Not Water and Power, by the look of it. But not regular police. Even in Texas the regular police didn’t swagger around in jeans and boots and cowboy hats. Mitch might have forgotten one or two things about the Lone Star State, but not that much. Unless he was very much mistaken, it looked like he’d snagged the attention of a real life Texas Ranger.

“No. No one. I’m by myself.”

The cowboy wasn’t taking his word for it. He reached the flipped car and knelt, checking the interior. He rose and went around to the other side. Mitch lost sight of him for a moment or two. When the cowboy returned to view, he had the rental car keys.

He scaled the ascent in a couple of long strides and returned to his own vehicle. The dome light flashed on and Mitch could see him speaking over the radio. He hugged himself tighter, waiting. He should have known what a mistake this trip would be.

When the cowboy had finished his report, he ducked out of the cab and started back toward Mitch. “You have your license with you, sir?”

“Yes.” Mitch added—because he felt he had to say something and the cowboy didn’t seem to be the chatty type—“Did you see the deer?”

“The deer? Is that the story? You were avoidin’ a deer?”

The story? Mitch glanced at the empty road. “That’s what happened. I saw the deer and swerved. I… It must be someone’s pet. It was a wearing a—a—”

“A what?”

Mitch wasn’t quite sure how to answer that. He hedged, “A collar, I think.”

“A collar?” the cowboy repeated politely as he reached Mitch. Mitch was six feet, tall for the average dancer, but the cowboy was taller by a few inches. It had been a very long time since Mitch had needed to look up at someone to speak to them.

“Er, yeah.” He wished he could read the other man’s face.

“You thought you saw a deer in a collar? What kind of collar would that be, sir? A rhinestone collar? A fur collar?”

Great. Maybe you couldn’t always find a cop when you needed one, but there was never a shortage of assholes. “There’s a deer farm around here, right? There used to be. It could have escaped from there. It was wearing one of those—”


“No. Actually, it was a harness. For pulling a…” Self-preservation kicked in. “Something.”

“A somethin’?” Mitch could see the gleam of the cowboy’s eyes. He had a suspicion he was going to be providing belly laughs around the old bunkhouse that night. The cowboy’s tone was still perfectly polite. “I see. Did y’all maybe have a drink or two this evenin’, sir?”

“Of course not. I don’t drink.” Although maybe he’d make an exception tonight.

“Uh-huh. You were takin’ this stretch of highway at a mighty fast clip.”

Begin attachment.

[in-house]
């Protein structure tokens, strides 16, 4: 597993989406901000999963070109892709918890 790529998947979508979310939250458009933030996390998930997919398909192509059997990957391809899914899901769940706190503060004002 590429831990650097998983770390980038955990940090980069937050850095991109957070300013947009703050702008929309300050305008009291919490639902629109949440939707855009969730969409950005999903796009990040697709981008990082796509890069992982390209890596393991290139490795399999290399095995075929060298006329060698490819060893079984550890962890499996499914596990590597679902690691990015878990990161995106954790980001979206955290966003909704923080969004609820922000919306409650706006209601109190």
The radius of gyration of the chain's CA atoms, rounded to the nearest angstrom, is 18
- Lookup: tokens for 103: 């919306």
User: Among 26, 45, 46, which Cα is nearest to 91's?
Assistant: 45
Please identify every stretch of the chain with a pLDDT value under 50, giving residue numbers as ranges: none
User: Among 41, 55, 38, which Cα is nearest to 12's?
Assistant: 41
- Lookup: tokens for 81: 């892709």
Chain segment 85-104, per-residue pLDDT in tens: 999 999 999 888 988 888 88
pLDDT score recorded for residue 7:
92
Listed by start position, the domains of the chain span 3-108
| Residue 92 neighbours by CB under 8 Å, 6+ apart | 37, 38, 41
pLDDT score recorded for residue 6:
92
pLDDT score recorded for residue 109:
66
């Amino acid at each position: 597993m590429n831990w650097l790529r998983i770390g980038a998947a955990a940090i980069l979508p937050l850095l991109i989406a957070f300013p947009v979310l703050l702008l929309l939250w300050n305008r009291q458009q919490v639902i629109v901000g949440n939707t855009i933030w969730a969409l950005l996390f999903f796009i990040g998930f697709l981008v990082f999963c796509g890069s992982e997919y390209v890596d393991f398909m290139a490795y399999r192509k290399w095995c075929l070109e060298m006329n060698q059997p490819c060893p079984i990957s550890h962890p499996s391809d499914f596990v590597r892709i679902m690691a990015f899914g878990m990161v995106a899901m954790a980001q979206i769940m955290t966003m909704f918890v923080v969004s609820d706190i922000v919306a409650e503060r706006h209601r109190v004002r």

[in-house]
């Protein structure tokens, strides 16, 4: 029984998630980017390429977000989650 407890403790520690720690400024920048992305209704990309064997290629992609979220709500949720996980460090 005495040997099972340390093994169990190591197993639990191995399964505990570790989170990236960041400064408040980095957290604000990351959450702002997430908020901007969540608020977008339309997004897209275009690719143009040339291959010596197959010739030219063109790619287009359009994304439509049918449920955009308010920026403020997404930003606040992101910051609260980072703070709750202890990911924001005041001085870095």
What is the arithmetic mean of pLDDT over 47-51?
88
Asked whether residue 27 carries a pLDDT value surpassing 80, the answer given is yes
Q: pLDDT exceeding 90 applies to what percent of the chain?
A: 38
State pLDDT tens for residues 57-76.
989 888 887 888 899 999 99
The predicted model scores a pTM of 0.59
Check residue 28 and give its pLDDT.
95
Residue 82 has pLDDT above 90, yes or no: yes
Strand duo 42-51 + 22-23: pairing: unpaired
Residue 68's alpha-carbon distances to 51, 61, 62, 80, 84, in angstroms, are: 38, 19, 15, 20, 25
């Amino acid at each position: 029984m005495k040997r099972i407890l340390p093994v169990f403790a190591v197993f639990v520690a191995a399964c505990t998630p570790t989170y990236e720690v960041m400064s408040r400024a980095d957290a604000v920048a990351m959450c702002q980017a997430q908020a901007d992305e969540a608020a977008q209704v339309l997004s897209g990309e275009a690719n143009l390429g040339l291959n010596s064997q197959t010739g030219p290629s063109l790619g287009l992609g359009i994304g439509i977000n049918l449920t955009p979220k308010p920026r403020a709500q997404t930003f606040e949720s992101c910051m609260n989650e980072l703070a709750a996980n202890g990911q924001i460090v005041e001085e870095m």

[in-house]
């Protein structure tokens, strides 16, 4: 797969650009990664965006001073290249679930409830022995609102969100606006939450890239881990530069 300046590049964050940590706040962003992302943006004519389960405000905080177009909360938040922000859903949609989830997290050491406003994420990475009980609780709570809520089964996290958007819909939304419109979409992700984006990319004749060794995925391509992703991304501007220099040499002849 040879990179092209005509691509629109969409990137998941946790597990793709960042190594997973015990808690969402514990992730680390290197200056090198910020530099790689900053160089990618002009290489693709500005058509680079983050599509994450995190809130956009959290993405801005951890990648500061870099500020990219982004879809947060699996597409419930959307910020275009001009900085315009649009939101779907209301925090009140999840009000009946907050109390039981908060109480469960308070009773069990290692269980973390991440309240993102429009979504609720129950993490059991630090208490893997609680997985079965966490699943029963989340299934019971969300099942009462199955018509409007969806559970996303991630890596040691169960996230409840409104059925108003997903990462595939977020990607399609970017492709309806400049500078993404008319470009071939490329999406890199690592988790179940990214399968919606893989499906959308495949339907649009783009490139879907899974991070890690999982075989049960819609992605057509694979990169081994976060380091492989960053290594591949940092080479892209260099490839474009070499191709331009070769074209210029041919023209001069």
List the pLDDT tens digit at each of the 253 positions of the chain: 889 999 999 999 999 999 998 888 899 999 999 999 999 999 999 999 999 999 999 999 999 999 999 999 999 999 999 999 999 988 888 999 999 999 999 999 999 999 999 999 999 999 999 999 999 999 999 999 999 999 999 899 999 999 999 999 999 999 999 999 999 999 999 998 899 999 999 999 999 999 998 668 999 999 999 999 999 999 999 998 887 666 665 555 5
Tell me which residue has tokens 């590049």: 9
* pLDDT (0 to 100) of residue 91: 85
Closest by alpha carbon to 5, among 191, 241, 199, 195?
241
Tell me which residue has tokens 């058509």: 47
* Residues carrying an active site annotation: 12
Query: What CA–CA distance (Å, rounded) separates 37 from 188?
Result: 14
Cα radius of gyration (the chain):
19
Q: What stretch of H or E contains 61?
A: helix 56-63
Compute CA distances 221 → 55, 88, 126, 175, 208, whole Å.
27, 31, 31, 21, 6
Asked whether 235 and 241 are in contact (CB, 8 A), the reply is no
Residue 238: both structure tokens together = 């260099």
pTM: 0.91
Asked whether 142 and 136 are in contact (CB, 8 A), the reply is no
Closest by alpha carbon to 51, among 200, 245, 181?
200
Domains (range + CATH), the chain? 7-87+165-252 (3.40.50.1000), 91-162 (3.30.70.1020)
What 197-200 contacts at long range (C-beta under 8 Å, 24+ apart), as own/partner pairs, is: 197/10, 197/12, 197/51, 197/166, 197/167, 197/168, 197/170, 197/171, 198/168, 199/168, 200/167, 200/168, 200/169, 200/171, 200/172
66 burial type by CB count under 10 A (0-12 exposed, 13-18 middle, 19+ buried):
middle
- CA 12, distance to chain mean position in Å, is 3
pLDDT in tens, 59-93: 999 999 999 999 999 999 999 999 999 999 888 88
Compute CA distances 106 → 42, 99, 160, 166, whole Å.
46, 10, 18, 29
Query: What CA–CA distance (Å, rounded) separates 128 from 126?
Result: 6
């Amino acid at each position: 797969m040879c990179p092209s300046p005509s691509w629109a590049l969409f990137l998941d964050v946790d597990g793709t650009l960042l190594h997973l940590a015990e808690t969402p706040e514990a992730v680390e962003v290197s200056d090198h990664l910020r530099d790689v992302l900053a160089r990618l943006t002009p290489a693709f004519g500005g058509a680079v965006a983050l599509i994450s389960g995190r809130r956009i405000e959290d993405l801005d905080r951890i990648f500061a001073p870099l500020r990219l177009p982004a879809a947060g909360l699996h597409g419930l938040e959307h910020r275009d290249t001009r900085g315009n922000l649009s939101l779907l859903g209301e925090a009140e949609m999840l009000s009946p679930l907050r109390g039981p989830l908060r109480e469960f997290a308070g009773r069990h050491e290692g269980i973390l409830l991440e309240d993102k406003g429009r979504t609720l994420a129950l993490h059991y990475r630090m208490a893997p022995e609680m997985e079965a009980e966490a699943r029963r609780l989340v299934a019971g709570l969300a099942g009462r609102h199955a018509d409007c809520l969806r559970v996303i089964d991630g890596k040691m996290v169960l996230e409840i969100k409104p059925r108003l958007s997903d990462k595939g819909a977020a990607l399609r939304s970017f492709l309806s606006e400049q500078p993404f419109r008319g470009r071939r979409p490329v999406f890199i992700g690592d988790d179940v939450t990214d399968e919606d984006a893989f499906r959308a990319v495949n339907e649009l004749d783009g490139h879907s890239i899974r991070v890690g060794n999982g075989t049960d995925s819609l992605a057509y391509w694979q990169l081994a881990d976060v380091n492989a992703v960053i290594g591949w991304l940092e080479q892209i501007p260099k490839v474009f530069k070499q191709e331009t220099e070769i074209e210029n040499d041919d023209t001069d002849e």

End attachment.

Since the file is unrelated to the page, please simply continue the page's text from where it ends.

“I... I guess so. I was in a hurry to get where I was going.”

“And whereabouts is that, sir?”

“The old Evans place off Highway 16.”

In the silence that followed his words, Mitch could hear the ever-present wind whispering over the sand like some ghostly oracle. The cowboy went so still he seemed to stop breathing.

“Mitch?” he said at last in a flat voice. “Mitch Evans?”

Mitch stared back into that faceless shadow.

It couldn’t be.

It was.

The muscles in his neck and shoulders locked so tight he wasn’t sure he could move his mouth, let alone his head. Any time he had envisioned this encounter, it hadn’t gone like this. As a matter of fact, it had gone with him managing to avoid the encounter.

How had he failed to instantly recognize—? But in twelve years a boy’s voice deepened considerably and a boy’s light frame filled out and even the way he held himself changed. Mitch found his own voice. “That’s right. Web Eisley, is it?”

“I’m flattered you recollect.” Web didn’t sound flattered. Mitch couldn’t blame him for that. The last words they’d spoken to each other had not been kind ones. But that was twelve years ago and grown men didn’t hold grudges. Or if they did, they tried not to show it.

“I remember.” His voice sounded as toneless as Web’s. He made an effort to sound more personable, seeing that he was standing at the scene of an accident with a Texas Ranger whom he’d once called a “fucking gutless coward.” Among other things. “Well. It’s been awhile.”

“That’s true enough,” Web said.

For the life of him, Mitch couldn’t think of anything to say. He wasn’t exactly a smooth talker at the best of times, and to meet like this, after all these years, left him floundering.

When the silence stretched beyond a natural breaking point, Web spoke again in that plain, unmoved way. “I guess this’ll be a surprise for most folks around here. We pretty much gave you up for a lost cause when you didn’t show for your daddy’s funeral.”

Despite the cold night air, Mitch’s face burned. There were any number of reasonable and even true things he could have said to explain his absence. He was startled to hear his own fierce voice. “I don’t give a fuck what anyone around here thinks of me.”

A pause followed his words before Web said, “I’d say we all got that message, loud and clear. So I guess you’re just passin’ through?”

“That’s right. I’m planning to talk to my father’s lawyer and put the ranch up for sale.”

“Well, I guess you won’t have too much trouble sellin’ it. Sixty acres of land is still a nice parcel even if the buildings are startin’ to show the wear and tear of six months of neglect.”

Yes. It went without saying that people in Llano would not think highly of him for letting that ranch sit there and rot. It went without saying, but people would be saying plenty. That was what folks in Llano did.

“They can raze the place to the ground. I don’t care. I just want to unload it.” Once again Mitch was startled—not by his hostility but his lack of restraint in venting it. He’d thought he was past all this. Maybe the accident had shaken him more than he realized.

Maybe he’d been knocked out and was dreaming. It was all beginning to feel as surreal as a production of Michael Smuin’s Christmas Ballet. Any second the hula girls and dancing Christmas trees would show up.